Miles Davis: Milestones

Another reissue, this time on red vinyl, for the modally inclined 1958 album that was Tony Williams's definition of jazz


Issued a year before the album that became the best-selling jazz LP of all time, Kind Of Blue, Milestones was an impressive early starter. With the same personnel as Blue except for Jimmy Cobb replacing Philly Joe Jones and Bill Evans replacing Garland on piano, this session was a winner all the way.

Perhaps overshadowed a little by the success of Kind Of Blue, it nevertheless featured the first modal piece from Miles on the title track. Milestones glides along smoothly with Davis, Cannonball and Coltrane all on top form. The rhythm section, as on everything that follows, is a joy to listen to. This combo had been active for five years before this date with Adderley added to the line up to make it a sextet.

There is something about Milestones that makes it one of the most joyous recordings of all time. Everybody in the band is relaxed and at the very top of their game and they were surely in the very best of moods. Tony Williams, drummer with a later Davis combo, once said that if you wanted to know what jazz was all about, listen to Milestones. It was good advice.

Equally enthusiastic, Charles Edward Smith, the sleeve-note writer on the original Columbia issue, wrote about a “thrilling exercise in rhythmic tension with a relaxed feel to it” on Sid’s Ahead. This track is the sort of slow, laid- back blues that just simmers and then cruises along happily for 13 minutes. Coltrane is at his most intensely inventive, Miles displays open-horn invention all through his solo and Cannonball joins in the fray with a well-ordered lyrical alto excursion. The rhythm section here merely floats but that is all they needed to do.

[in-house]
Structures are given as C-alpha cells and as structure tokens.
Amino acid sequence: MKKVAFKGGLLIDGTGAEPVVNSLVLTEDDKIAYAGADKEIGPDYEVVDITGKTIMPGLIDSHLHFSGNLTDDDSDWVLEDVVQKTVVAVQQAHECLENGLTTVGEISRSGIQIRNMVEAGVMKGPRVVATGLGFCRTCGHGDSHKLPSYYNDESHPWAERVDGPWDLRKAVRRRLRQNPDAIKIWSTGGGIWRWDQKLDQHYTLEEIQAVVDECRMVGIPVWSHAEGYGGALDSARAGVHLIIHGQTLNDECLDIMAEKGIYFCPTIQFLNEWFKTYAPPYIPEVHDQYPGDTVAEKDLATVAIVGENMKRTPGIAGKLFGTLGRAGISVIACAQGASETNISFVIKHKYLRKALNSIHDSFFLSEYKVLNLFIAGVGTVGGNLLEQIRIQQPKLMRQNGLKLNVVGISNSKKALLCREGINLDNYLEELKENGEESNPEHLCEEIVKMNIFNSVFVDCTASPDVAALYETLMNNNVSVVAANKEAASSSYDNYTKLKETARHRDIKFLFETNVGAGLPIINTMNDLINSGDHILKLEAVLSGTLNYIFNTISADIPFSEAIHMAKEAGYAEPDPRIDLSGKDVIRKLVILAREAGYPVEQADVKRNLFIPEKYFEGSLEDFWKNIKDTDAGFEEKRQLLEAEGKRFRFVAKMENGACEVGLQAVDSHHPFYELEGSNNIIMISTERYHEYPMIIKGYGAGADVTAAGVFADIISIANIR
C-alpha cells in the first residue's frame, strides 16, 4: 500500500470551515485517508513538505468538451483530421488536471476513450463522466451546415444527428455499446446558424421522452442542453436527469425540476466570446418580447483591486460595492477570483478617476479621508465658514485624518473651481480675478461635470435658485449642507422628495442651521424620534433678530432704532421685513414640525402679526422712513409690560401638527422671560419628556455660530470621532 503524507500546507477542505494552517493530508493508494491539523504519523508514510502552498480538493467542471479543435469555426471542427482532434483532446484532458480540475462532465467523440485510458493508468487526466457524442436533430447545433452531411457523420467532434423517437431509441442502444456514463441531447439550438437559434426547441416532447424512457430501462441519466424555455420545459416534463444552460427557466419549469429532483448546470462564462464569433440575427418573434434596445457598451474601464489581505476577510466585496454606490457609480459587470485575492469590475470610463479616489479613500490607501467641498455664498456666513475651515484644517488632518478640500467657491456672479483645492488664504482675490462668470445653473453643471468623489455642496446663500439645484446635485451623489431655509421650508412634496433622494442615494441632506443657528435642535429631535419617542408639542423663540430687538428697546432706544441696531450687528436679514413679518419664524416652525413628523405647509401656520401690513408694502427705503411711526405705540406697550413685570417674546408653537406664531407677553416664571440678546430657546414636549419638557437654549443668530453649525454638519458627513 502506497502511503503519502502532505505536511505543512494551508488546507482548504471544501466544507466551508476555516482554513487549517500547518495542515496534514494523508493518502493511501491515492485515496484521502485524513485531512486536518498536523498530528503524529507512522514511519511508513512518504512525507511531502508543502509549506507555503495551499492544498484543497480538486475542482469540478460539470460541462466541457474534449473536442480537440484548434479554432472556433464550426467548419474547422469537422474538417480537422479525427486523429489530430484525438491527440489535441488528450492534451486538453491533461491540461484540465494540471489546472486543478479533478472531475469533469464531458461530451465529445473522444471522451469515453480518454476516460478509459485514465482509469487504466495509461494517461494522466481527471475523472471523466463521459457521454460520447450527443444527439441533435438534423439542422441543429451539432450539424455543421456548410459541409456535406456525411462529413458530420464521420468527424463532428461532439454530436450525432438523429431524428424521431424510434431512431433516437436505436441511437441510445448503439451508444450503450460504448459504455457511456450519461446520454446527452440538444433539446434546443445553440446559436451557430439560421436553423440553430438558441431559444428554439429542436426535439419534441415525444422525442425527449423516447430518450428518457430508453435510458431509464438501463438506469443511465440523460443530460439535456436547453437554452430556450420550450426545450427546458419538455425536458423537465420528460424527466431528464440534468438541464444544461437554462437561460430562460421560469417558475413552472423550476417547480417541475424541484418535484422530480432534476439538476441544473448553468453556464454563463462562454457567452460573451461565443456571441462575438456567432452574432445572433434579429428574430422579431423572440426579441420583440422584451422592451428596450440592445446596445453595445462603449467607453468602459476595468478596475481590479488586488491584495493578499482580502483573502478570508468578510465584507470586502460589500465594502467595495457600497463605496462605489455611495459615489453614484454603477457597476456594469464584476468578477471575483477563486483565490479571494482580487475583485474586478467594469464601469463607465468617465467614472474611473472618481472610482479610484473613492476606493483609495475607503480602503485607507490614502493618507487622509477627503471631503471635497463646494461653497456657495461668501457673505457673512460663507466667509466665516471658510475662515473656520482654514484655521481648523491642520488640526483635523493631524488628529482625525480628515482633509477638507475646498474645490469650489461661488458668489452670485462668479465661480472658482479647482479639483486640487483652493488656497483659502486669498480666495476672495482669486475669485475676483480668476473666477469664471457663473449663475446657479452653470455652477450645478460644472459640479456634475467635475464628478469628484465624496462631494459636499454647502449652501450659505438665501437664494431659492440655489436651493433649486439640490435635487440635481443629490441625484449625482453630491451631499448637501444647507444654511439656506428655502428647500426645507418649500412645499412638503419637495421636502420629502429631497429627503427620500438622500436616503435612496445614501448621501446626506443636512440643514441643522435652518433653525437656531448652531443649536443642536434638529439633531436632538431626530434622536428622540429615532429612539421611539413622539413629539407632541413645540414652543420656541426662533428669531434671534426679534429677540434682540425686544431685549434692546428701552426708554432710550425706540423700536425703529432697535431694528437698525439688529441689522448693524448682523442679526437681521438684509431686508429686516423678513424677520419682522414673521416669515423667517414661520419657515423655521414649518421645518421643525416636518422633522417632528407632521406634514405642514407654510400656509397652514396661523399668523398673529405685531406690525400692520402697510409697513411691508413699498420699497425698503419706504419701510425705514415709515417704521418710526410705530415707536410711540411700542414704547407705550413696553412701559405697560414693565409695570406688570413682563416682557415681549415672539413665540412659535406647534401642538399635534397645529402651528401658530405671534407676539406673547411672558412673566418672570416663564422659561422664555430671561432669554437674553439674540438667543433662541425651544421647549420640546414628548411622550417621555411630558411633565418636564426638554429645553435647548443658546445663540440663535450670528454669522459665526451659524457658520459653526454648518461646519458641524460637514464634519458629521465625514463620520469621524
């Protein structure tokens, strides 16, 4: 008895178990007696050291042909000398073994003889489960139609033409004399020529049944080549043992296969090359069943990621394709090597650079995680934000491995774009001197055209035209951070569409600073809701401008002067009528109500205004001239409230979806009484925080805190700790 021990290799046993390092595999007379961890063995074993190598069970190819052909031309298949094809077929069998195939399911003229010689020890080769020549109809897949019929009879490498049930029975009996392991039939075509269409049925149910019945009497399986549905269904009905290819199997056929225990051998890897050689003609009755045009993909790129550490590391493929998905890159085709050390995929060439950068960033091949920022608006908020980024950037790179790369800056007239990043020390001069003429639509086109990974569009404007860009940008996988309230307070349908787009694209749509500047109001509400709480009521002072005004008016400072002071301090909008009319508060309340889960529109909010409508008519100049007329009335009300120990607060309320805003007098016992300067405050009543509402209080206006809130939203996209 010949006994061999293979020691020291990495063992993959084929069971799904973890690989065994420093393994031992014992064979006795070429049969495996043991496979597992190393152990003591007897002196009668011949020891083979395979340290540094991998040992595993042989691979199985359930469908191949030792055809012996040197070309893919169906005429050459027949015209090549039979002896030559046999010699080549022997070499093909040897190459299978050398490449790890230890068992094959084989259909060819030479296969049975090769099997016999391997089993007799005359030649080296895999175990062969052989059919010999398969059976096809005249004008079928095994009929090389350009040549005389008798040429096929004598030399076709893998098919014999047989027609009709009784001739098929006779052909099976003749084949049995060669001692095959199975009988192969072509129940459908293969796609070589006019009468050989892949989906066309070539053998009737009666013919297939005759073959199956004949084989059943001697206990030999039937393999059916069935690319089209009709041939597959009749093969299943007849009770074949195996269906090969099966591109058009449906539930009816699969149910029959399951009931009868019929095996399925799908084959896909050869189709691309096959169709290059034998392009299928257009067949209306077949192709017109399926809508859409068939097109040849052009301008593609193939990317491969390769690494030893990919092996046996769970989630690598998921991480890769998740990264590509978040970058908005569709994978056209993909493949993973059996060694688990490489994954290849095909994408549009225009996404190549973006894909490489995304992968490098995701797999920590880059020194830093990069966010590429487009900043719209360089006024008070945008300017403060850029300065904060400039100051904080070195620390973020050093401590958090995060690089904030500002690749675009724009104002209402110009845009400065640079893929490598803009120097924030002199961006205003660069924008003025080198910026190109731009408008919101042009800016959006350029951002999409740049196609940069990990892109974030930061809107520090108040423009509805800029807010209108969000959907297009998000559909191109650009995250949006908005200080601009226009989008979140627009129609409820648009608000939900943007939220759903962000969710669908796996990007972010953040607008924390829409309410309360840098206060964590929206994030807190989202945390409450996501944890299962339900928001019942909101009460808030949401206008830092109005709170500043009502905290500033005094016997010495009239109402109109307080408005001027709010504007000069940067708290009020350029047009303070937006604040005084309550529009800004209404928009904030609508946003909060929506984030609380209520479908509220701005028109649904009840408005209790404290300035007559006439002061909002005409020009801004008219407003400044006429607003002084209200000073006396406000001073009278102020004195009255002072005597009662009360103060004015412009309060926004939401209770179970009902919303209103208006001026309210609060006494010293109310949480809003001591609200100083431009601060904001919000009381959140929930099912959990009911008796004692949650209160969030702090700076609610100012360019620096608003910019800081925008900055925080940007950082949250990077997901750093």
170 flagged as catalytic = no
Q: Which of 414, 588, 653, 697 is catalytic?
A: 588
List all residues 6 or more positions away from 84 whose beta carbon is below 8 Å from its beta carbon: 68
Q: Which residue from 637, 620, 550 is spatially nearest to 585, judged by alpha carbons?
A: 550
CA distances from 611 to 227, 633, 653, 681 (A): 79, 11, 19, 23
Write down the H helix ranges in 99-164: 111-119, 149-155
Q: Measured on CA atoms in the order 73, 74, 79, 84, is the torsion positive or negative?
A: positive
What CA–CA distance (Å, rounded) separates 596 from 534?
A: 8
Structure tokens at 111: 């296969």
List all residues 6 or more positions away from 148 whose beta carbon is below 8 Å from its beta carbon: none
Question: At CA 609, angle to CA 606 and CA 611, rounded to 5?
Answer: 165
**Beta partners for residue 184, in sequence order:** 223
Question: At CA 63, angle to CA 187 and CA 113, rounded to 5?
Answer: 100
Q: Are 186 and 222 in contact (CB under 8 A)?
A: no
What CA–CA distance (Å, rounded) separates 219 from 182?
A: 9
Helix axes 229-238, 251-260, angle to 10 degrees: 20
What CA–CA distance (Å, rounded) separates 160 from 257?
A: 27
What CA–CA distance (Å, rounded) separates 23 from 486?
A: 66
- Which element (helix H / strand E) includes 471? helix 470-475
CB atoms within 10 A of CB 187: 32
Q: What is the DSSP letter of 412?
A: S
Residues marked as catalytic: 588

Smith says Miles’s solo on Milestones is “one of the most beautiful jobs on muted horn since Bix Beiderbecke, with a cornet and an old piece of felt, shook up the whole Paul Whiteman band on Sweet Sue”. Monk’s Straight No Chaser is given a surging, turbo-charged outing with 10 minutes of crisp ensemble work and some of the most- fiery solos ever heard from the horns. Billy Boy is given over to Garland and the rhythm section and Red makes the most of it with his charging block chords, urged on all the way by Chambers and Jones.

As you will have guessed by now this is one of my favourite jazz discs of all time and it is good to see it reissued with clean, bright sound on a flashy red vinyl LP. Playing time is almost 50 minutes, far more than was usual for LPs in 1958 and the music is arguably the Davis sextet’s best by a country mile. 


Dr. Jekyll; Sid’s Ahead; Two Bass Hit; Milestones; Billy Boy; Straight No Chaser (47.57)

Miles Davis (t); John Coltrane (ts); Cannonball Adderley (as); Red Garland (p); Paul Chambers (b); Philly Joe Jones (d). NYC 4 February & 4 March 1958.

Waxtime In Colour 950719